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A phasor is a complex number that represents a sinusoidal wave’s amplitude, frequency, and phase. Electrical power-generation and –distribution companies use phasor measurements to help them gauge the health and efficiency of their systems as they enter the new world of many smaller renewable power generation plants (wind and solar) and new load challenges (conversion from incandescent lamps to compact fluorescents and LEDS and electric-car chargers, to name but two examples). National Instruments (NI) has just introduced a Phasor Measurement Unit (PMU) based on the company’s CompactRIO embedded-control and data-acquisition system. In turn, the NI CompactRIO is based on a Xilinx Zynq SoC.



NI PMU.jpg


NI Phasor Measurement Unit



The PMU is part of NI’s Grid Automation System, which is designed to be installed throughout a power grid. Readings from this distributed grid instrumentation then informs and guides control-room decisions. National Grid UK has already adopted NI’s Grid Automation System.


For more information about the Zynq-based NI CompactRIO data-acquisition and control system, see “National Instruments Shrinks Product, Improves Performance, and Grows Available Market Using the Xilinx Zynq All Programmable SoC.”




3-level, 10kW Power Inverter uses Silicon Carbide MOSFETs. See it at Embedded World 2015

by Xilinx Employee ‎02-11-2015 01:57 PM - edited ‎04-24-2015 01:05 PM (41,007 Views)

Whether it’s for power inverters or motor control, you need precise waveform control to drive magnetic components efficiently while minimizing distortion and EMI. Xilinx Alliance Member QDESYS has developed such control algorithms and you can see the company’s Zynq-based 3-level power inverter demo in the Xilinx booth at this month’s Embedded World 2015 in Nuremberg, Germany. The 10kW inverter for motor drives and energy applications uses twelve Silicon-Carbide MOSFETs and a Zynq SoC for hardware-in-the-loop control.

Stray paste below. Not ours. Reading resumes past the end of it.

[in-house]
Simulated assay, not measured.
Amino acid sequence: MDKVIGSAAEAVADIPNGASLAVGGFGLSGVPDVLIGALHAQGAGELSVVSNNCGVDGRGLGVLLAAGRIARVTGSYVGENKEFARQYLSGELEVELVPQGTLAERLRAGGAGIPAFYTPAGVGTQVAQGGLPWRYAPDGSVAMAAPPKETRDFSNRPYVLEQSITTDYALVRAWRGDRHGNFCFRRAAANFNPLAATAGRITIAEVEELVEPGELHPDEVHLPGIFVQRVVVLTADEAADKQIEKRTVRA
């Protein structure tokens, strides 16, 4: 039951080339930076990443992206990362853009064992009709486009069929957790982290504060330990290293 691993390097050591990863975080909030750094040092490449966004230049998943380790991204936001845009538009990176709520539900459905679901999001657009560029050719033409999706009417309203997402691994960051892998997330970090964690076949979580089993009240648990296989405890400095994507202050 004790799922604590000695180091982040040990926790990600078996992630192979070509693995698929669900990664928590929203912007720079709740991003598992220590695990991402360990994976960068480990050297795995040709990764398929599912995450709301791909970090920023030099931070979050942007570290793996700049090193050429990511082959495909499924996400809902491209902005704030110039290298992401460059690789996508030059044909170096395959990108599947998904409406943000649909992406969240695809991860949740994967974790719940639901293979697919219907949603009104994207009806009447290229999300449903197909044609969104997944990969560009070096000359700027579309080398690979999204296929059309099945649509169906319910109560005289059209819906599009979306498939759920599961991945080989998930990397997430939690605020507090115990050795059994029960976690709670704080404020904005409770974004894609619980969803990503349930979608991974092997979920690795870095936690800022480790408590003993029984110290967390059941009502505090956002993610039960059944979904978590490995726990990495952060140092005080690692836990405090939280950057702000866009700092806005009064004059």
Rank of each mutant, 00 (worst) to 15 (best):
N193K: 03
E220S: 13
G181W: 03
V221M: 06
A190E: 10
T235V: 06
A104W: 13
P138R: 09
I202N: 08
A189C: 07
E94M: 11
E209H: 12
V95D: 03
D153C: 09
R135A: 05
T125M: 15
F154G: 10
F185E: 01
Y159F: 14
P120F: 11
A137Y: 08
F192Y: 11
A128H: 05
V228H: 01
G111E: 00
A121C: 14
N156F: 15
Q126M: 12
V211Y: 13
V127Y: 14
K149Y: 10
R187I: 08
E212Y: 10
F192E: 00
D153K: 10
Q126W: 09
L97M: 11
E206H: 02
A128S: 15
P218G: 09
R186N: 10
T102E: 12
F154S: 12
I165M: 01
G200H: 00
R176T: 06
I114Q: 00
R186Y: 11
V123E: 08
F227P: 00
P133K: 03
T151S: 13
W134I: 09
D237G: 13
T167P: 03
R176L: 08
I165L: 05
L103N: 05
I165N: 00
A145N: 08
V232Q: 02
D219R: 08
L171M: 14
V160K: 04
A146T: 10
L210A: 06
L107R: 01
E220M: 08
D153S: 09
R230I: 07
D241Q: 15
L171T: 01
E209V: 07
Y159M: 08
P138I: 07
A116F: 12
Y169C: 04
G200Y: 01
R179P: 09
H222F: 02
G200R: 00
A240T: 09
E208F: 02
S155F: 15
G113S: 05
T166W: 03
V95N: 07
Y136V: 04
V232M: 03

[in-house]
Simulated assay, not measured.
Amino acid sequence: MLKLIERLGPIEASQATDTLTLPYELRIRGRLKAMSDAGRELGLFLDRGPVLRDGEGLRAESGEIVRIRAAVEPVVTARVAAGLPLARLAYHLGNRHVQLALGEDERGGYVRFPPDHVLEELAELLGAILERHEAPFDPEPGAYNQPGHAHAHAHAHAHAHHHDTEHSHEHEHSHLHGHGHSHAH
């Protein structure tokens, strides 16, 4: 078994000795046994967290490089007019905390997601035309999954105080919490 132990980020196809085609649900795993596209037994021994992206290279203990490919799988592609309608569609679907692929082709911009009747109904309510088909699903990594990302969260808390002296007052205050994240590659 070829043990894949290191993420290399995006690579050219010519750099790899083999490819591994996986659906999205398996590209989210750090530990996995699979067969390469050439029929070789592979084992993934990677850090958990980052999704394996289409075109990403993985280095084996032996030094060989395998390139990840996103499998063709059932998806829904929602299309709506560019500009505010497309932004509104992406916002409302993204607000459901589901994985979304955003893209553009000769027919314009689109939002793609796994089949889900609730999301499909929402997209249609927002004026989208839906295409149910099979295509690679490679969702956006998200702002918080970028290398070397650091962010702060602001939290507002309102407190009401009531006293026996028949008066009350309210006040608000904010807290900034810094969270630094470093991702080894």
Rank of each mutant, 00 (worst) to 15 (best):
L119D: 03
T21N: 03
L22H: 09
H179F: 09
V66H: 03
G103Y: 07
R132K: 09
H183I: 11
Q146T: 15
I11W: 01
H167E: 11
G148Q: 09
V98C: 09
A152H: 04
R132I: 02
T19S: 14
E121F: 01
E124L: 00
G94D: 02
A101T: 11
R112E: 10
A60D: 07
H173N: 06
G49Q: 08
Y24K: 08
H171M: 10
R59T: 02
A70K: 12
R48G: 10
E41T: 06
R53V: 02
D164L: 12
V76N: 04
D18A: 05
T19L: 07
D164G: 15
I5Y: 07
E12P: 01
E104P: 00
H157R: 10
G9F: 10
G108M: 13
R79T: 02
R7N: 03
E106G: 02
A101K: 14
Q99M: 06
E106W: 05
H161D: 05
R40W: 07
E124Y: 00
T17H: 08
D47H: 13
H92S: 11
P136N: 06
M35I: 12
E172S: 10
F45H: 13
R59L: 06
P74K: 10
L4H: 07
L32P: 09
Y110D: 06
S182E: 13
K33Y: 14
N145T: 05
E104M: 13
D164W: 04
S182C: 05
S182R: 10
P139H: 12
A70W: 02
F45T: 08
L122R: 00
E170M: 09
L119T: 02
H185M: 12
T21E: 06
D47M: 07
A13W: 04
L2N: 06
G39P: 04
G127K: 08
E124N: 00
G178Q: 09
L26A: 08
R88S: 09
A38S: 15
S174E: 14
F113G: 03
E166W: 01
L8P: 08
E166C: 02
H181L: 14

Qdesys 3-Level Power Inverter Board Photo.jpg



For more information on this design, see “10KW power inverter and motor controller employs SiC MOSFETs under Zynq control.”



The Ethernet steamroller is now on Industrial Automation Road. See it at Embedded World 2015

by Xilinx Employee ‎02-11-2015 01:36 PM - edited ‎04-24-2015 01:06 PM (44,808 Views)

One thing that Industrial Automation has in abundance is networking standards—many, many incompatible standards. As it has in so many industries, Ethernet is poised to bring order out of this chaos—eventually. You can see why later this month when you’ll find two Zynq-based Industrial Ethernet demos in the Xilinx booth at Embedded World 2015 in Nuremberg, Germany:


20-minute video explores the Zynq-based Red Pitaya Programmable Instrumentation Platform’s capabilities

by Xilinx Employee ‎12-18-2014 09:55 AM - edited ‎04-24-2015 01:06 PM (63,406 Views)

Martin Lorton, a video blogger in the UK, has just posted a practical, hands-on boot up and test video for the Red Pitaya, a Zynq-based, open-source, programmable instrument platform. Lorton’s video is nearly 20 minutes long and it just scratches the surface of this fascinating product. Lorton received the Red Pitaya from Red Pitaya’s European distributor, RS Components.


The first thing Lorton does is power up the board and measure the current draw from the USB power supply. It’s a low 800mA. He then tests out the Red Pitaya’s oscilloscope and signal generator functions. Lorton says he’s surprised with the oscilloscope application’s excellent, responsive display update rate. He also notes that the oscilloscope app supplied with Red Pitaya is rudimentary and that it’s possible to upgrade the performance through application programming.


In fact, you can create entirely new instruments by taking advantage of the on-board, dual-core ARM Cortex-A9 MPCore processor and the FPGA—both built into the Red Pitaya’s Zynq All Programmable SoC. One such instrument that’s been developed since the Red Pitaya’s introduction is an LCR meter, which seems to be of great interest to Lorton.


Industry 4.0: Green Power, Context-Aware Intelligent Systems, Industrial Ethernet, and Functional Safety

by Xilinx Employee ‎12-16-2014 10:12 AM - edited ‎04-24-2015 01:07 PM (44,392 Views)

Christoph Fritsch from Xilinx presented a 15-minute talk with details on designing Industry 4.0 Cyber-Physical Systems at the SPS IPC Drives show in Nuremberg, Germany last month. Embedded Know-How, an online incarnation of Embedded Control Europe magazine, recorded the presentation. You can watch it here.